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Amskeptic
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Re: How to check end play

Post by Amskeptic » Sat Sep 26, 2015 7:12 am

TrollFromDownBelow wrote:From this horses mouth :pirate: it was an 'idle' question .... however, seriously planning on pulling the engine in the next few months and want to do this correctly. Wilson or Bentley would have addressed half of my questions, but don't think it would have addressed my three bullet points below...

- improper ways i need to avoid (common mistakes)
- why is this important to measure
- what it means if i am outside tolerance

I'm a theory/big picture kinda guy.... if I understand the 'why' and what the end game is, it is much easier for me to grasp the 'how to' (which Bentley and Wilson would have addressed). Some folks have photographic memories, and tell you "don't give me theory, just tell me how to do it". Show them once, and they will reproduce flawlessly. Me? yeah, not so much ... I will eff it up everytime. However, give me the big picture, context, what the end game is, then I can figure it out. :flower:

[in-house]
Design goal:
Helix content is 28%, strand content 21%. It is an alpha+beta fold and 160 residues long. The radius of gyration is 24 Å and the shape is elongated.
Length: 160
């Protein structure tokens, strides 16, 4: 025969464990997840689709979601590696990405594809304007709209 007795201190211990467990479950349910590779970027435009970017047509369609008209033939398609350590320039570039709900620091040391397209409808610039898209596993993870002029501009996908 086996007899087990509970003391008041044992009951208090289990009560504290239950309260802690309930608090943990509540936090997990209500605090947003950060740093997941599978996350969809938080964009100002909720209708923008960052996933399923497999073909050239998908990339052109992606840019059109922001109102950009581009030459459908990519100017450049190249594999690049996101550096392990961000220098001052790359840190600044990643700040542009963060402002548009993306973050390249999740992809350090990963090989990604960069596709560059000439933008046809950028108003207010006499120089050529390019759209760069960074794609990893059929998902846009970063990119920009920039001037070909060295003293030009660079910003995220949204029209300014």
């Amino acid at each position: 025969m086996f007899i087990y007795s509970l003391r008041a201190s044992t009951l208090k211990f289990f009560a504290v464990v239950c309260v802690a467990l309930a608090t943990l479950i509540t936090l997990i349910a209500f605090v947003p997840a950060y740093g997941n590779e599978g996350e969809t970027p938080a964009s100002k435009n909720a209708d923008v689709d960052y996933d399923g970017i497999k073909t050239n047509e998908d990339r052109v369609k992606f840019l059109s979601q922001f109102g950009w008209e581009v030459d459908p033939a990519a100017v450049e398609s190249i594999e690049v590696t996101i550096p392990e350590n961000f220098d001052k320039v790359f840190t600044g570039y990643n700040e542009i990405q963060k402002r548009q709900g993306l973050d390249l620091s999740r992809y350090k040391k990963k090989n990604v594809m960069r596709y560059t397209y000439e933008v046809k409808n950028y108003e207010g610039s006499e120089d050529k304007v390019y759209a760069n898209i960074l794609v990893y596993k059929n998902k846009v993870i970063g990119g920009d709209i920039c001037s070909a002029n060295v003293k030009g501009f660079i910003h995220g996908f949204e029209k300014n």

You are the reader I write for . . .
Colin
BobD - 1978 Bus . . . . . . . . . . . 111,155 miles
Chloe - 1970 bus . . . . . . . . . . . 206,820 miles
Naranja - 1977 Westfalia . . . . . 108,000 miles
Pluck - 1973 Squareback . . . . . . 55,570 miles
Alexus - 1991 Lexus LS400 . . . 78,885 miles

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BellePlaine
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Re: How to check end play

Post by BellePlaine » Wed Sep 30, 2015 11:17 am

Jivermo wrote:Dang. I hate being a poster child.
Me too. Great write up Robbie!

Chris, now 0.0032
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Re: How to check end play

Post by Jivermo » Thu Jul 04, 2019 5:26 am

I have a new friend down in Florida, who I am helping along, and hope to enlist him to join the throngs of Itinerant clients in order to get his bus into the best shape possible. He recently blew his engine, and got a rebuilt one somewhere, which a mechanic is installing. I have asked him to ask the mechanic to measure the end play on this engine. Herein lies the rub. We are not getting the measurement we need. “It’s all good.” is not good enough. I sent him the link to this thread, and asked him to read it. The thread sums things up quite well, but will others weigh in on why we would like to have this information, as his “new” engine begins its service life, in his treasured bus? I thank you.